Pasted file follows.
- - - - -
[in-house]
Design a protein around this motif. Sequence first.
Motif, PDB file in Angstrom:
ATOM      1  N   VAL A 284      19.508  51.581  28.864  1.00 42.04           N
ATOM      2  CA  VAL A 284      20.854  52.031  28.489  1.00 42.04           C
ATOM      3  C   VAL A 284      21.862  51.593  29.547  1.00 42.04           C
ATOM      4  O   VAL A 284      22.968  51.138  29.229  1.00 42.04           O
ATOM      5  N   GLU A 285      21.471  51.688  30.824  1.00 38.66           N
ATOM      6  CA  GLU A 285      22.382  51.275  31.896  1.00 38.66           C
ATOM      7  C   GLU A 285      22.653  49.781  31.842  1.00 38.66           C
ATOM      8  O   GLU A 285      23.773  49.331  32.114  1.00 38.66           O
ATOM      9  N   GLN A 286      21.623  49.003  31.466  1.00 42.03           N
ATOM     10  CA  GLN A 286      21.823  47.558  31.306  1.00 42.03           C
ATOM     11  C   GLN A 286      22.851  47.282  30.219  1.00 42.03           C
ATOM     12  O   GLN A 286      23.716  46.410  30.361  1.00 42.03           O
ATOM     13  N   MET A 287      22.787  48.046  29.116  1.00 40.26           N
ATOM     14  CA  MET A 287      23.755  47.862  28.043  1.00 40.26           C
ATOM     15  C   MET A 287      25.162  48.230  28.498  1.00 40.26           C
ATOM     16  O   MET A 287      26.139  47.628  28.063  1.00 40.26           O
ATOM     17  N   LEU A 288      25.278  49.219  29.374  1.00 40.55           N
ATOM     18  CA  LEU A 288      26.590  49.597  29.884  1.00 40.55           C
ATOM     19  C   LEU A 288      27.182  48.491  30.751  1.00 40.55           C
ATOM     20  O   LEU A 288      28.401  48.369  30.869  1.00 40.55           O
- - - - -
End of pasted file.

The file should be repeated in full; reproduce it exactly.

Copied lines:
[in-house]
Design a protein around this motif. Sequence first.
Motif, PDB file in Angstrom:
ATOM      1  N   VAL A 284      19.508  51.581  28.864  1.00 42.04           N
ATOM      2  CA  VAL A 284      20.854  52.031  28.489  1.00 42.04           C
ATOM      3  C   VAL A 284      21.862  51.593  29.547  1.00 42.04           C
ATOM      4  O   VAL A 284      22.968  51.138  29.229  1.00 42.04           O
ATOM      5  N   GLU A 285      21.471  51.688  30.824  1.00 38.66           N
ATOM      6  CA  GLU A 285      22.382  51.275  31.896  1.00 38.66           C
ATOM      7  C   GLU A 285      22.653  49.781  31.842  1.00 38.66           C
ATOM      8  O   GLU A 285      23.773  49.331  32.114  1.00 38.66           O
ATOM      9  N   GLN A 286      21.623  49.003  31.466  1.00 42.03           N
ATOM     10  CA  GLN A 286      21.823  47.558  31.306  1.00 42.03           C
ATOM     11  C   GLN A 286      22.851  47.282  30.219  1.00 42.03           C
ATOM     12  O   GLN A 286      23.716  46.410  30.361  1.00 42.03           O
ATOM     13  N   MET A 287      22.787  48.046  29.116  1.00 40.26           N
ATOM     14  CA  MET A 287      23.755  47.862  28.043  1.00 40.26           C
ATOM     15  C   MET A 287      25.162  48.230  28.498  1.00 40.26           C
ATOM     16  O   MET A 287      26.139  47.628  28.063  1.00 40.26           O
ATOM     17  N   LEU A 288      25.278  49.219  29.374  1.00 40.55           N
ATOM     18  CA  LEU A 288      26.590  49.597  29.884  1.00 40.55           C
ATOM     19  C   LEU A 288      27.182  48.491  30.751  1.00 40.55           C
ATOM     20  O   LEU A 288      28.401  48.369  30.869  1.00 40.55           O